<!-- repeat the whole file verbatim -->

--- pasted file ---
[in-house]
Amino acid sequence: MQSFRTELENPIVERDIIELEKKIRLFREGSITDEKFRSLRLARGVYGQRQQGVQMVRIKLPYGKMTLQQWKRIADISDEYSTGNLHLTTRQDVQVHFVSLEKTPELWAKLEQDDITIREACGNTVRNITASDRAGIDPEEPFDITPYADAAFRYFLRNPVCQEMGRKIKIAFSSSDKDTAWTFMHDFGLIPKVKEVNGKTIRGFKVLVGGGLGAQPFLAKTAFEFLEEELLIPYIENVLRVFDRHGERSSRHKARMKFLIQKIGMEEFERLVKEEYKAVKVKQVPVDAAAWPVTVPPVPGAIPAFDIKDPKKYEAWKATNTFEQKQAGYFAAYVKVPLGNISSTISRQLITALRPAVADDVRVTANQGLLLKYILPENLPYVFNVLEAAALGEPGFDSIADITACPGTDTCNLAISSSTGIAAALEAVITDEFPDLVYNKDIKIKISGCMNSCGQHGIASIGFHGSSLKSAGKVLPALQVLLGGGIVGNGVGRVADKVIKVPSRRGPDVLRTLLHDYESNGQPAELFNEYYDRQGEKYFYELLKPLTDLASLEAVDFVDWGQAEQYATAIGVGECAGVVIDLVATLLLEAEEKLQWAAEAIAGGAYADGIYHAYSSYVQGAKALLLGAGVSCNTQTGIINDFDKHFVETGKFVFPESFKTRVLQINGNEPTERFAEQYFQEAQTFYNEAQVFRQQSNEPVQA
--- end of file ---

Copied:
[in-house]
Amino acid sequence: MQSFRTELENPIVERDIIELEKKIRLFREGSITDEKFRSLRLARGVYGQRQQGVQMVRIKLPYGKMTLQQWKRIADISDEYSTGNLHLTTRQDVQVHFVSLEKTPELWAKLEQDDITIREACGNTVRNITASDRAGIDPEEPFDITPYADAAFRYFLRNPVCQEMGRKIKIAFSSSDKDTAWTFMHDFGLIPKVKEVNGKTIRGFKVLVGGGLGAQPFLAKTAFEFLEEELLIPYIENVLRVFDRHGERSSRHKARMKFLIQKIGMEEFERLVKEEYKAVKVKQVPVDAAAWPVTVPPVPGAIPAFDIKDPKKYEAWKATNTFEQKQAGYFAAYVKVPLGNISSTISRQLITALRPAVADDVRVTANQGLLLKYILPENLPYVFNVLEAAALGEPGFDSIADITACPGTDTCNLAISSSTGIAAALEAVITDEFPDLVYNKDIKIKISGCMNSCGQHGIASIGFHGSSLKSAGKVLPALQVLLGGGIVGNGVGRVADKVIKVPSRRGPDVLRTLLHDYESNGQPAELFNEYYDRQGEKYFYELLKPLTDLASLEAVDFVDWGQAEQYATAIGVGECAGVVIDLVATLLLEAEEKLQWAAEAIAGGAYADGIYHAYSSYVQGAKALLLGAGVSCNTQTGIINDFDKHFVETGKFVFPESFKTRVLQINGNEPTERFAEQYFQEAQTFYNEAQVFRQQSNEPVQA